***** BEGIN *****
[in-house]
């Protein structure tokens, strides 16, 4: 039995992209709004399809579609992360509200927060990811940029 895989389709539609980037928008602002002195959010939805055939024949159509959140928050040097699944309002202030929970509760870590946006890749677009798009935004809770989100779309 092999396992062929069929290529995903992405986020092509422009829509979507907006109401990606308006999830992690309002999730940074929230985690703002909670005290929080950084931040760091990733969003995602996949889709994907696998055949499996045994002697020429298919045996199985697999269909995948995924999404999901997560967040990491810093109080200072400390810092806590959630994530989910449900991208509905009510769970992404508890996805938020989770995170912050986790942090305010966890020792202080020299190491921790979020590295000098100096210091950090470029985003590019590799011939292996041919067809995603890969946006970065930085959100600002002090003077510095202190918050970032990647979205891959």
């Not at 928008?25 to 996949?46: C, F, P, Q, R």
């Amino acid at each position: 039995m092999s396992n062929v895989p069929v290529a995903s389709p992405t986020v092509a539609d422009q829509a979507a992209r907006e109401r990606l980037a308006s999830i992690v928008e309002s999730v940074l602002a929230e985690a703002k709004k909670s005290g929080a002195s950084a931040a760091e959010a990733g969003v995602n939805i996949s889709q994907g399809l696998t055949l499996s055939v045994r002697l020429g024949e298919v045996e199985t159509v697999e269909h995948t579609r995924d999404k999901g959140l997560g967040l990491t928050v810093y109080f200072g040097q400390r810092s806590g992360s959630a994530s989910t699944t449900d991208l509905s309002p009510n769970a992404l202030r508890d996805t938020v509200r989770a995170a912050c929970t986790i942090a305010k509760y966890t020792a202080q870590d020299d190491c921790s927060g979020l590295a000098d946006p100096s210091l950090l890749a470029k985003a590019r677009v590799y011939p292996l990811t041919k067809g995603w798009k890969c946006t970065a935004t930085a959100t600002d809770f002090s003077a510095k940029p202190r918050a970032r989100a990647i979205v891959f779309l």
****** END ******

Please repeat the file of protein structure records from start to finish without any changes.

[in-house]
């Protein structure tokens, strides 16, 4: 039995992209709004399809579609992360509200927060990811940029 895989389709539609980037928008602002002195959010939805055939024949159509959140928050040097699944309002202030929970509760870590946006890749677009798009935004809770989100779309 092999396992062929069929290529995903992405986020092509422009829509979507907006109401990606308006999830992690309002999730940074929230985690703002909670005290929080950084931040760091990733969003995602996949889709994907696998055949499996045994002697020429298919045996199985697999269909995948995924999404999901997560967040990491810093109080200072400390810092806590959630994530989910449900991208509905009510769970992404508890996805938020989770995170912050986790942090305010966890020792202080020299190491921790979020590295000098100096210091950090470029985003590019590799011939292996041919067809995603890969946006970065930085959100600002002090003077510095202190918050970032990647979205891959």
């Not at 928008?25 to 996949?46: C, F, P, Q, R």
């Amino acid at each position: 039995m092999s396992n062929v895989p069929v290529a995903s389709p992405t986020v092509a539609d422009q829509a979507a992209r907006e109401r990606l980037a308006s999830i992690v928008e309002s999730v940074l602002a929230e985690a703002k709004k909670s005290g929080a002195s950084a931040a760091e959010a990733g969003v995602n939805i996949s889709q994907g399809l696998t055949l499996s055939v045994r002697l020429g024949e298919v045996e199985t159509v697999e269909h995948t579609r995924d999404k999901g959140l997560g967040l990491t928050v810093y109080f200072g040097q400390r810092s806590g992360s959630a994530s989910t699944t449900d991208l509905s309002p009510n769970a992404l202030r508890d996805t938020v509200r989770a995170a912050c929970t986790i942090a305010k509760y966890t020792a202080q870590d020299d190491c921790s927060g979020l590295a000098d946006p100096s210091l950090l890749a470029k985003a590019r677009v590799y011939p292996l990811t041919k067809g995603w798009k890969c946006t970065a935004t930085a959100t600002d809770f002090s003077a510095k940029p202190r918050a970032r989100a990647i979205v891959f779309l």